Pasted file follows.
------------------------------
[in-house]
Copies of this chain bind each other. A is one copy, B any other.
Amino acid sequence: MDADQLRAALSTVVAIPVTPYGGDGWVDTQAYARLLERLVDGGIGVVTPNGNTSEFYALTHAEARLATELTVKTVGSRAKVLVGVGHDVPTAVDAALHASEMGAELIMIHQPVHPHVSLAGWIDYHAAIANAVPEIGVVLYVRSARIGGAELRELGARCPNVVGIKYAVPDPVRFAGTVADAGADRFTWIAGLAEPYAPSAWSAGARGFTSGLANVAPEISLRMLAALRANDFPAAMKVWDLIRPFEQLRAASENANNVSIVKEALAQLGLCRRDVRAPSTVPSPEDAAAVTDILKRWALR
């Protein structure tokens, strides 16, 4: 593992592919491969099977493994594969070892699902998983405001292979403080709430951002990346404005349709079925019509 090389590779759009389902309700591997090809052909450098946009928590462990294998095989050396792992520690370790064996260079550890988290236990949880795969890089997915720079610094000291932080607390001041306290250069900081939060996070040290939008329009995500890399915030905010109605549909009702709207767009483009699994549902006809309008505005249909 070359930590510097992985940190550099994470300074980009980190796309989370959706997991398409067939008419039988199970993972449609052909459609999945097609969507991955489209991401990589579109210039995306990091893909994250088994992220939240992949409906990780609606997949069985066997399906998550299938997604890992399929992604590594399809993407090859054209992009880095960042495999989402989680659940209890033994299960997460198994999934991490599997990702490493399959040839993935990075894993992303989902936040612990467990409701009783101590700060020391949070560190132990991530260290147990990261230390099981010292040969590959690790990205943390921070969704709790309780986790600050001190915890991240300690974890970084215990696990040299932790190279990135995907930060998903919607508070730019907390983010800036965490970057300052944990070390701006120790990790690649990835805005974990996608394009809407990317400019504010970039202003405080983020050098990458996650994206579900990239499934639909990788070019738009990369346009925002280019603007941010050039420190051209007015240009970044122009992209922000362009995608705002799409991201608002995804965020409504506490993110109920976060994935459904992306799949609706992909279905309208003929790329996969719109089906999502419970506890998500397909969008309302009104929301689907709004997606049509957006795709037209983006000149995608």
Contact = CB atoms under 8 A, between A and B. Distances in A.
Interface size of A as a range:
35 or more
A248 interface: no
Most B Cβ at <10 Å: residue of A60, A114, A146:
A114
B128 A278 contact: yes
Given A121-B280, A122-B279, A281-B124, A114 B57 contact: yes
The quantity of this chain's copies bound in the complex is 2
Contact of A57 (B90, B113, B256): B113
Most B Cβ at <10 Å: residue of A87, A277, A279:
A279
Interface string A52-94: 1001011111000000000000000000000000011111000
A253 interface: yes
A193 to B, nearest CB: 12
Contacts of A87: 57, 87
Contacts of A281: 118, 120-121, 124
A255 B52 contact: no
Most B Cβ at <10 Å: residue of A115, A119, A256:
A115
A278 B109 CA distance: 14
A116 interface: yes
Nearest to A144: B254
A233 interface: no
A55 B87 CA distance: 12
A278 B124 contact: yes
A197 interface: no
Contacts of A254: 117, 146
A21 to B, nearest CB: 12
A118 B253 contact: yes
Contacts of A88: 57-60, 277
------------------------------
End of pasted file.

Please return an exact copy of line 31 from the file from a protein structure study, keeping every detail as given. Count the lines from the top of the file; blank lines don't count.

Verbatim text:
A197 interface: no